I’m not sure how to introduce CAMRA. On the one hand, it’s the biggest single-issue consumer interest group in the UK, the savior of British brewing that’s as responsible for our amazing beer scene as any American influence. On the other hand, it’s portrayed as an irrelevant lumbering beast that seems to stagger from controversy to controversy.
The Campaign for Real Ale was founded in 1971 in response to a surge in pasteurized, force-carbonated keg beer that was pushing traditional British cask ale of the bars around the country. Alarmed by the lack of diversity, four men in a pub decided that someone needed to champion the traditional method of delivering unconditioned beer to pubs and serving them at the exact moment they peaked, without any extra gas.
Since then, the organization has grown to nearly 200,000 members, lobbying the government, running festivals, producing magazines, and promoting their self-defined “real ale” above all other formats. Its success in protecting an inefficient product against capitalist pressures is unprecedented.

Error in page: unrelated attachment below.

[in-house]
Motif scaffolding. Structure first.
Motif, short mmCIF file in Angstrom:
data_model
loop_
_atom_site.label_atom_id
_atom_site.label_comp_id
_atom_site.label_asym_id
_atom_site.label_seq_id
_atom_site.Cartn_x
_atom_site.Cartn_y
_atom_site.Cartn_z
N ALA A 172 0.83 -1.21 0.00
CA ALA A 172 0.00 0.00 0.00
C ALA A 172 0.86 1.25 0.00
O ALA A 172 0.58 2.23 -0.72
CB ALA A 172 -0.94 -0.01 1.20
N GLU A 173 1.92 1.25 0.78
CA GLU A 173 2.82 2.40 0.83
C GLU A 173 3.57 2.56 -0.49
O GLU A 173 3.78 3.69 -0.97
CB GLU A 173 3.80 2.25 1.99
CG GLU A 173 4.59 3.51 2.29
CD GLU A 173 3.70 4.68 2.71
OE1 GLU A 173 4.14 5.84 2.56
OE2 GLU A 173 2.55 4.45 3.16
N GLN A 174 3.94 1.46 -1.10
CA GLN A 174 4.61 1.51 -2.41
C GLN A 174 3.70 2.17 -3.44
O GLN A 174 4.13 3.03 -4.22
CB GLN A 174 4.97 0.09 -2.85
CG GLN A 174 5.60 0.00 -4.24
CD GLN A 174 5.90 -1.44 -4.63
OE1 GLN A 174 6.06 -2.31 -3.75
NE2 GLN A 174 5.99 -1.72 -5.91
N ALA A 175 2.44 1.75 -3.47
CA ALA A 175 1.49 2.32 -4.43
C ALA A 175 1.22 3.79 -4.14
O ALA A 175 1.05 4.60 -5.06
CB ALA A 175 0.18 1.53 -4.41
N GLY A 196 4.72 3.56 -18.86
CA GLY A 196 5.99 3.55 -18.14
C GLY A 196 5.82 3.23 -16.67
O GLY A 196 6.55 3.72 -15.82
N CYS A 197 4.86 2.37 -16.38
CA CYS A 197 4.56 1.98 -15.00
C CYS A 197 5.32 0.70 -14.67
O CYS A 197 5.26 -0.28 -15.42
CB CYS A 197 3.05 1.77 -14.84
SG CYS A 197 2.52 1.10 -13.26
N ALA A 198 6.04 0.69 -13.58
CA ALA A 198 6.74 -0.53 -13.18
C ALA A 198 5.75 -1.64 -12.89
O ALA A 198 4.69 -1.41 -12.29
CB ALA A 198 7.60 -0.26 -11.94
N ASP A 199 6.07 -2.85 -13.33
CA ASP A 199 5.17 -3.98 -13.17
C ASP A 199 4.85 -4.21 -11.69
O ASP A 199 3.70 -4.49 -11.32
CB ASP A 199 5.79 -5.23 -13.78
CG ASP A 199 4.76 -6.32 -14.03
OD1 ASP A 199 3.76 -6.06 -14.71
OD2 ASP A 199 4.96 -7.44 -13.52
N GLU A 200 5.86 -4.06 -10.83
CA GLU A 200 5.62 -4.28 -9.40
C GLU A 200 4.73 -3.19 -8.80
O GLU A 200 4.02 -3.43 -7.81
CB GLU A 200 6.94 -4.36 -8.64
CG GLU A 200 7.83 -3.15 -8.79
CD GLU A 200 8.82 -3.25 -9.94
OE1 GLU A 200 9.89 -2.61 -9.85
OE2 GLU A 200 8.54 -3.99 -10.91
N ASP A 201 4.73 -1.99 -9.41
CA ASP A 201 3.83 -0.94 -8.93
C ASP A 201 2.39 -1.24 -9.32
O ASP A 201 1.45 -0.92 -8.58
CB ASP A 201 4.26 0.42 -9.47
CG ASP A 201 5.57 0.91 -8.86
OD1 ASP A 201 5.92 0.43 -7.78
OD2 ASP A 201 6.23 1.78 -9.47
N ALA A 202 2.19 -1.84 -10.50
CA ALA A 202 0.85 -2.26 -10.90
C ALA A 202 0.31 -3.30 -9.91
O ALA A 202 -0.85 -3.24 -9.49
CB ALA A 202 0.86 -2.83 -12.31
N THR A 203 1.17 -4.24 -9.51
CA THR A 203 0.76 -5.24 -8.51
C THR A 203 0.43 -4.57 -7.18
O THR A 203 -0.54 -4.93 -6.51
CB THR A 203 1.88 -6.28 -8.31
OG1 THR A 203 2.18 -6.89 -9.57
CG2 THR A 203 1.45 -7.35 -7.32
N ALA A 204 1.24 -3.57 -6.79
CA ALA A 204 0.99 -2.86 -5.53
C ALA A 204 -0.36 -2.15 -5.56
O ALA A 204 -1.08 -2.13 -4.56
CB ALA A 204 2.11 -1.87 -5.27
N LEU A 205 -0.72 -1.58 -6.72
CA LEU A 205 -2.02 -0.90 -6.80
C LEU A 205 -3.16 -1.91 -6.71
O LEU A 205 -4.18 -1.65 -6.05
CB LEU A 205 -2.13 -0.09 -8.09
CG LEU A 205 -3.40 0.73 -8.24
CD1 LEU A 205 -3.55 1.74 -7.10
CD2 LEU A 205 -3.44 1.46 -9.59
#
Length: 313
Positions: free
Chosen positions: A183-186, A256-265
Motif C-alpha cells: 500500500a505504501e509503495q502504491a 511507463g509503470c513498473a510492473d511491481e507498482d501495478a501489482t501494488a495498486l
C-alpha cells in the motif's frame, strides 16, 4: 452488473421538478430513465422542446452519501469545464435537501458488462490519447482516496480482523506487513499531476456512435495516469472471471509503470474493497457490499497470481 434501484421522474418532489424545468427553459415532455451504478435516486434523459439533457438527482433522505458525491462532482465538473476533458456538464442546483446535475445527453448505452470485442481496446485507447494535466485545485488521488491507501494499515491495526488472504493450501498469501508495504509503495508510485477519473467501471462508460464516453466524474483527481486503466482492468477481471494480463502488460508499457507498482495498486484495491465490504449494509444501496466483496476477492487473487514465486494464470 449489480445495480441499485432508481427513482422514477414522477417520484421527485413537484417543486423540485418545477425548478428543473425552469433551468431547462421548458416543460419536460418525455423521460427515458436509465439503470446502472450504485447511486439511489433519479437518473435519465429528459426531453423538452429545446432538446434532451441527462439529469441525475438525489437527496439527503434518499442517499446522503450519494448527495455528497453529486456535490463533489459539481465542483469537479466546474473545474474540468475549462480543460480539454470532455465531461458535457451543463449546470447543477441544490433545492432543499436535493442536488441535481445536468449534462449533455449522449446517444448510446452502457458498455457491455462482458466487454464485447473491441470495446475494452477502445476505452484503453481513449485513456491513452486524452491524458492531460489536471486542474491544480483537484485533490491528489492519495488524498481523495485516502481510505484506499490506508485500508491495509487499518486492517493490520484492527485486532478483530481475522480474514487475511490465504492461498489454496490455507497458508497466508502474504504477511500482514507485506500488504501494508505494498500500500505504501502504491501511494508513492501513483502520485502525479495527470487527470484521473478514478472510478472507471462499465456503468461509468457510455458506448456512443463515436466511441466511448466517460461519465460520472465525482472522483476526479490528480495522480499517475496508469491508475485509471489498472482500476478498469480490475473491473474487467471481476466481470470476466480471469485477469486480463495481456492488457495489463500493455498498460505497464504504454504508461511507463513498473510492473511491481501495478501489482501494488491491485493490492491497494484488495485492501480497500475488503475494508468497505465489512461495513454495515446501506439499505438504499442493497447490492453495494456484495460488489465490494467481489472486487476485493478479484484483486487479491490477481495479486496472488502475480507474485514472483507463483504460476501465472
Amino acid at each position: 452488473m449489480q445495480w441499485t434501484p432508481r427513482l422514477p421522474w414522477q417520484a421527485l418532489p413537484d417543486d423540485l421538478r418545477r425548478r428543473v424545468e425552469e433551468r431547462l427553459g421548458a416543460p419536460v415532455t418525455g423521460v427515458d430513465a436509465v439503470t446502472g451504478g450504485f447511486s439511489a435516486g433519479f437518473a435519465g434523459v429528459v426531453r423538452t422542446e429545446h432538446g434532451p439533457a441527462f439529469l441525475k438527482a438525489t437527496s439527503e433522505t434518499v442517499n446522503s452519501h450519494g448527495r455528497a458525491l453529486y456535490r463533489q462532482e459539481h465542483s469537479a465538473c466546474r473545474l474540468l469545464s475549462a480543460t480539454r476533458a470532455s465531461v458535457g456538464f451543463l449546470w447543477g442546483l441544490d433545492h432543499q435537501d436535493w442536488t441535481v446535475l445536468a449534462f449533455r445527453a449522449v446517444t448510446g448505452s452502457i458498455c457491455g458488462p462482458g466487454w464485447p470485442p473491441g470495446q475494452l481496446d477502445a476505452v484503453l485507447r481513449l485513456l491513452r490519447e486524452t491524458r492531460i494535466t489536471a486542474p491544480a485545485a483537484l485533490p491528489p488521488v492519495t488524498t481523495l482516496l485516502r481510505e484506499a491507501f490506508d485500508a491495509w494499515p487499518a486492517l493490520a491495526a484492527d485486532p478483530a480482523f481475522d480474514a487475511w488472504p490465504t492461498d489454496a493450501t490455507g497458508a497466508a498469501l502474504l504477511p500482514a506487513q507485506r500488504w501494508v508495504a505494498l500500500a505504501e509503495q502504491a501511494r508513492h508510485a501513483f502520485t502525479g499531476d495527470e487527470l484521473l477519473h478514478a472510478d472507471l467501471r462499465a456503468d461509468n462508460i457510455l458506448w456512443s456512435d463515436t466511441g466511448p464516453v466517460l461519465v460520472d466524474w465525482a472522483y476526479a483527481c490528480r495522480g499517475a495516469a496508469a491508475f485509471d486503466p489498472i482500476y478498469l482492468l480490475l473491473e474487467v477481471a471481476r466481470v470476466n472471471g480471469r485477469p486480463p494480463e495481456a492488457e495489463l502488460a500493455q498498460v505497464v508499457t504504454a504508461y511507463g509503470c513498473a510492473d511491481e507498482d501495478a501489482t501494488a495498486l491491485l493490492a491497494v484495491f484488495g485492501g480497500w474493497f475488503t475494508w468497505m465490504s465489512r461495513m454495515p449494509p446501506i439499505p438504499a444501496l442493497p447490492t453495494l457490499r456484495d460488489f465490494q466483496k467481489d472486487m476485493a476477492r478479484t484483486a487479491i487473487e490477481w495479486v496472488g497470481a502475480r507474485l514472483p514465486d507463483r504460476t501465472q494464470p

But since the UK craft beer revolution, CAMRA has struggled to find its place in a fast moving and often image-led scene. Suddenly, most of the brewing and talking was being done by young, American-inspired breweries who loved keg beer, big hops, and high ABVs. The keg lines that had been loaded with crap Euro Lagers were suddenly pouring exciting, experimental beers that appealed more to young drinkers than the more historic real ale did.
Caught looking the other way and trying to catch up, CAMRA has come under pressure to realign its objectives in support good keg beer, to update older breweries’ outdated marketing, and pick a side on issues that simply wasn’t there when its charter was drawn up—all the while coping with the fact that after decades of growth, cask beer had gone into decline again.
I sat down with the new chief executive, Tom Stainer, who might be seen as a reformer but has had to keep a level head in his vital new role. We talk through the challenges of running an organization controlled by some 200,000 members, propped up by volunteers and considered out of touch—when they were the people who made it all possible.
This is Tom Stainer, chief executive of the Campaign for Real Ale. Listen in.